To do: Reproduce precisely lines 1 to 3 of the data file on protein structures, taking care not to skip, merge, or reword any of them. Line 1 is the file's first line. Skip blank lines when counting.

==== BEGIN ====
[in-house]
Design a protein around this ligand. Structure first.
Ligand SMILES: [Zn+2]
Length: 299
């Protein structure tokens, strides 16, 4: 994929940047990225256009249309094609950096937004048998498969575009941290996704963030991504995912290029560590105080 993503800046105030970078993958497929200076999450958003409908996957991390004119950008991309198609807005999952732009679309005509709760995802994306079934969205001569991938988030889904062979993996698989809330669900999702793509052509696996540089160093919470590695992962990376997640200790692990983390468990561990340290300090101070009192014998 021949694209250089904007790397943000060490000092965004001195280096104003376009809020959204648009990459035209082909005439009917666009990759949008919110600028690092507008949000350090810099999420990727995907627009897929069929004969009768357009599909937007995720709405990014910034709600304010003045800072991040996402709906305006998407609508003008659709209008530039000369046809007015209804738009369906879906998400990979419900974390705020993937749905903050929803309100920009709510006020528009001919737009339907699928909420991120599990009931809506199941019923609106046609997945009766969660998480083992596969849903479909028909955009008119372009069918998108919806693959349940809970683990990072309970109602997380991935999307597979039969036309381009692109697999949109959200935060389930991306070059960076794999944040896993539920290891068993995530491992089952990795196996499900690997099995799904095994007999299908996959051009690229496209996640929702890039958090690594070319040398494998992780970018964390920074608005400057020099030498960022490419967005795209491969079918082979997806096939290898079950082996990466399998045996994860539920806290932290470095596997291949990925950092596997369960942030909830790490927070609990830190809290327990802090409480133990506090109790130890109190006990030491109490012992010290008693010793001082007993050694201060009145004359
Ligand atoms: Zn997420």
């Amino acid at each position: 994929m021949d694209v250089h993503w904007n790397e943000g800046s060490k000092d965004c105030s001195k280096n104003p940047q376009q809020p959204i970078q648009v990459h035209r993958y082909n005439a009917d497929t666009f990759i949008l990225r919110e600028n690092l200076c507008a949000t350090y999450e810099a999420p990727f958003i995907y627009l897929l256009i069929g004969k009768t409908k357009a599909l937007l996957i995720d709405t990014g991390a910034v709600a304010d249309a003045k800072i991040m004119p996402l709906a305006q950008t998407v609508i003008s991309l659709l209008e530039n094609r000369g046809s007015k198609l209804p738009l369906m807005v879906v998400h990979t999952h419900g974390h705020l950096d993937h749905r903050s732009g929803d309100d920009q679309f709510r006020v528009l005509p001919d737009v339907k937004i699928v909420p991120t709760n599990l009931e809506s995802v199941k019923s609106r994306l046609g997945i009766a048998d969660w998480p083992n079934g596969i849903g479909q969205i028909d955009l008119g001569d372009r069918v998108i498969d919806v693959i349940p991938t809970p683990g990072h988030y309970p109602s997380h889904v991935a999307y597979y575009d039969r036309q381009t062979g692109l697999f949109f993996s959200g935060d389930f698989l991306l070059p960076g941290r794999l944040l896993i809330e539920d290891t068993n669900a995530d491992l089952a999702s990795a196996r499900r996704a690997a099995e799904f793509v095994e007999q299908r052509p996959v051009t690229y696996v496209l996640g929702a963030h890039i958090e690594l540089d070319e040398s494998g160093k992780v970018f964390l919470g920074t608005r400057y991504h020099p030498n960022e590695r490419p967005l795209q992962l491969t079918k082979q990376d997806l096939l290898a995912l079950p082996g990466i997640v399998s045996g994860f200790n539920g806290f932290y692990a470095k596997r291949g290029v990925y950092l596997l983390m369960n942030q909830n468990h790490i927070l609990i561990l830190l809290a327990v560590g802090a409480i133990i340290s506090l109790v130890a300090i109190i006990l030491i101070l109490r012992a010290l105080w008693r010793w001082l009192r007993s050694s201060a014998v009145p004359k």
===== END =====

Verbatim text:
[in-house]
Design a protein around this ligand. Structure first.
Ligand SMILES: [Zn+2]